My lifetime of chocolate loving, eating, and now making, means that I get a lot of questions about chocolate.
I love to talk about chocolate with friends, family, customers, pretty much anyone who also wants to talk about it! I am always learning more, every time I talk to other chocolate lovers, I gain some more chocolate wisdom. That’s why I love having this space to share what I know, answer questions, and connect with fellow chocolate lovers.
When you go to a store that has a wide selection of chocolate, you will notice many good chocolate companies put percentages on their labels. Questions that I do get asked often is “What do chocolate percentages mean? What number should I be picking? Is one better than the other?”
Let’s talk about that, because the more knowledge you have about chocolate, the easier it is to pick the type you love and enjoy!
Soooo….What Do Chocolate Percentages Mean?
Well, it’s pretty simple—the percentage on a chocolate bar label tells you how much of the bar, by weight, is actually chocolate. This means all parts of the cacao beans including cocoa butter, cocoa powder, and/or cocoa liquor.
The remaining percentage is everything else, usually a sweetener and any other ingredients that may be added like nuts, fruits, or spices. In this regard, percentages can give you a good idea of the sugar content in a particular bar of chocolate, or in Liberty Chocolates’ case, honey content (Yay, honey!)
Putting it in terms you can eat—our handmade, honey-sweetened Extra Dark 80% bar contains about 20% honey and 80% chocolate. That’s it! This smooth, intensely-rich dark chocolate bar will have you coming back for just one more bite……until it’s gone!
Chocolate Flavor Vs. Sweetness
Most people will choose a percentage based on how much sweetness they like when eating chocolate. If you are a mild, milk chocolate lover, you may never see a percentage on your chocolate of choice. Milk chocolate usually has somewhere around 40% chocolate. The other 60% is sweetener and milk (and anything else that has been added).
If you are a fan of mild or milk chocolate and you are venturing into the wild world of dark chocolate, then you will probably prefer to start your journey with chocolate that has a lower percentage of cacao (chocolate). If you like your chocolate to have an intense flavor and crave a bitter edge to it, then a higher cacao content (think 60%-80%) is what you’ll want to put in your mouth.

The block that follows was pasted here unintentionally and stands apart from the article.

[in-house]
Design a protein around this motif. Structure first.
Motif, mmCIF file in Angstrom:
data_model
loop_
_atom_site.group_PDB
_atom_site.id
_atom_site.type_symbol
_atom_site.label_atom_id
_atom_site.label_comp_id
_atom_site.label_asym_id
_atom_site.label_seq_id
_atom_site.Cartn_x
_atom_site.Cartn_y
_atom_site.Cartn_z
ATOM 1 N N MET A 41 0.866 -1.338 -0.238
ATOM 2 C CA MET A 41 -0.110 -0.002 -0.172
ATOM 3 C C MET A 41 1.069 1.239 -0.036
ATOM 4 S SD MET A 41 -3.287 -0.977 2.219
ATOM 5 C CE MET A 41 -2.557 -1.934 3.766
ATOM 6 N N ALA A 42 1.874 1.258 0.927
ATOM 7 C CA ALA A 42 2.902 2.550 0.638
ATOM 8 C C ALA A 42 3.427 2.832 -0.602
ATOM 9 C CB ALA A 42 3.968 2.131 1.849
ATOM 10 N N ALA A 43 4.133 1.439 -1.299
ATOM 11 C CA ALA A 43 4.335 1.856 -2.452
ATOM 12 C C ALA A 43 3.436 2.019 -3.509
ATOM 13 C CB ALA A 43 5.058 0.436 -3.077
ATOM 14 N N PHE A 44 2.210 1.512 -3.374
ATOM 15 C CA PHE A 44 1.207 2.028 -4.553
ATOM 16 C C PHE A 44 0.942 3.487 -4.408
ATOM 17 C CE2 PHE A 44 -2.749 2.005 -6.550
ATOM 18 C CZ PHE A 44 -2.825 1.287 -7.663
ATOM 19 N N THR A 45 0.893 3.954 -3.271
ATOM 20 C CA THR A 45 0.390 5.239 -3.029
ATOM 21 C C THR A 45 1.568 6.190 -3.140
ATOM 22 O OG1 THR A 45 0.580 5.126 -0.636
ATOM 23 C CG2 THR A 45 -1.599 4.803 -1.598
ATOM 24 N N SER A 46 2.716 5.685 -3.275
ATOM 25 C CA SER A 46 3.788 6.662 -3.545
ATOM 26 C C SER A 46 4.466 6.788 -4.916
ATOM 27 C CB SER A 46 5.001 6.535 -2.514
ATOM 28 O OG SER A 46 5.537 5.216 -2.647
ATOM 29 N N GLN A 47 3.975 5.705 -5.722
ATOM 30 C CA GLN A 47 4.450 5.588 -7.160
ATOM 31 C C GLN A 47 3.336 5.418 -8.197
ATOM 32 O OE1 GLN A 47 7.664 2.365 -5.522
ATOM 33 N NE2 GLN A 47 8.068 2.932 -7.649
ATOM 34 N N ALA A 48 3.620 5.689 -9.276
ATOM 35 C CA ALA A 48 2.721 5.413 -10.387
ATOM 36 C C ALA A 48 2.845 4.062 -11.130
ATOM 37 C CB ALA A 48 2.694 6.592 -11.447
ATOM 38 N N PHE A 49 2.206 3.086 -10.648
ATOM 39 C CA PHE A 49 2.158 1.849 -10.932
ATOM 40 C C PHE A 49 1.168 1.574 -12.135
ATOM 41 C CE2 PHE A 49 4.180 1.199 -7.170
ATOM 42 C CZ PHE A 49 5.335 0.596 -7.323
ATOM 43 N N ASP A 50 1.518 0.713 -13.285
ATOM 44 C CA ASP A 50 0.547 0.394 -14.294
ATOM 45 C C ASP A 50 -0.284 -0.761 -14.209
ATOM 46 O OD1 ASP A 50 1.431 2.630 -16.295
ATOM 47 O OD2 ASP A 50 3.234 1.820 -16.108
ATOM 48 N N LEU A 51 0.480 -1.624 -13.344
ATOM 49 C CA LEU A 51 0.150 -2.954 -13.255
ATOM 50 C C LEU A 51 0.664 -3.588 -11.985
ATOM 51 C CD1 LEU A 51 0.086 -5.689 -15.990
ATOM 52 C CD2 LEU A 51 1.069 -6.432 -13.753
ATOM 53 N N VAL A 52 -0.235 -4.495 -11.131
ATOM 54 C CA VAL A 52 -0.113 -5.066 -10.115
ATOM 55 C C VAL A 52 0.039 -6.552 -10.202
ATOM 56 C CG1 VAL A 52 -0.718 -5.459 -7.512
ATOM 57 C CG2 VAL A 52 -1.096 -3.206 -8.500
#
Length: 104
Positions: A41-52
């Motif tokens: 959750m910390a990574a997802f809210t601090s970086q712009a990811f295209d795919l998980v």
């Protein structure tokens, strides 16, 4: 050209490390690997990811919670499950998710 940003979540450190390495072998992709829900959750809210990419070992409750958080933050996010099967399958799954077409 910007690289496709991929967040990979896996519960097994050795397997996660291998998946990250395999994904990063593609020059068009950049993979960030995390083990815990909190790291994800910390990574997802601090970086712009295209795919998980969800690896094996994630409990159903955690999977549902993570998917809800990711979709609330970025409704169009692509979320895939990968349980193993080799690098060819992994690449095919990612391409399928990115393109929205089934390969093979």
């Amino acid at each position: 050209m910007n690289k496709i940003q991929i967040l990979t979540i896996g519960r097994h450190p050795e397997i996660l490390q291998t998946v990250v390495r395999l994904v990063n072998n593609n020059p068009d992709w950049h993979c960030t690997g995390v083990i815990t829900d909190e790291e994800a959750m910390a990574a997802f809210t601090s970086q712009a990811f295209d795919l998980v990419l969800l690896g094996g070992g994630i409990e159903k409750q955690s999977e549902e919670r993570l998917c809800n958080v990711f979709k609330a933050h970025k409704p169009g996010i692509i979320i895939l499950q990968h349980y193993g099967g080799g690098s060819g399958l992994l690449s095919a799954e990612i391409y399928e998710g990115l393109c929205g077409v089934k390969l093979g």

And believe it or not, a really good 100% dark chocolate (that means it is unsweetened) can be just the perfect midday treat if you take a teeny piece and just let it melt in your mouth. It’s a great way to become familiar with some of the nuances in chocolate that you won’t notice as much in sweetened chocolate.
The percentage of cacao in a chocolate bar can also be a general indicator of the intensity of chocolatey-ness (is that a word?) versus sweetness. The higher the percentage of cacao, the more intense and less sweet the chocolate flavor will be.
Oh, and a quick note on white chocolate. White chocolate is actually just cocoa butter, milk, and sweetener. So there is no cocoa (the part of chocolate that we think of when we think of chocolate) in white chocolate. But that doesn’t mean it’s not delicious.
One thing worth noting is that cacao bean varieties vary in sweetness and flavor, so even if two different chocolates have the same percentage of cacao, the taste of each one will be most likely be unique. All the more reason to try them out!
It’s also important to keep in mind that cacao percentages are a measure of quantity, not quality.
It’s possible to buy chocolate with a high cacao percentage and be disappointed at the intensity of the flavor. No matter what ratio is being used, if the ingredients are not high quality, then the chocolate won’t be either!
If you enjoy an intense, robust flavor, look at your labels carefully, and opt for only the finest organic, fair trade cacao and high-quality sweeteners.
My first priority when making small batch, Liberty Chocolate bars is to use only top-quality, ethically-sourced ingredients. This is what allows me to create delectable dark chocolates that you can feel good about eating while following your chocolate bliss. (Woo-hoo!)
If you have questions about chocolate, feel free to email me at firstname.lastname@example.org and I will try to answer your question – or find the answer if I don’t know it!
Cheers to chocolate and making the world a wonderful place to live!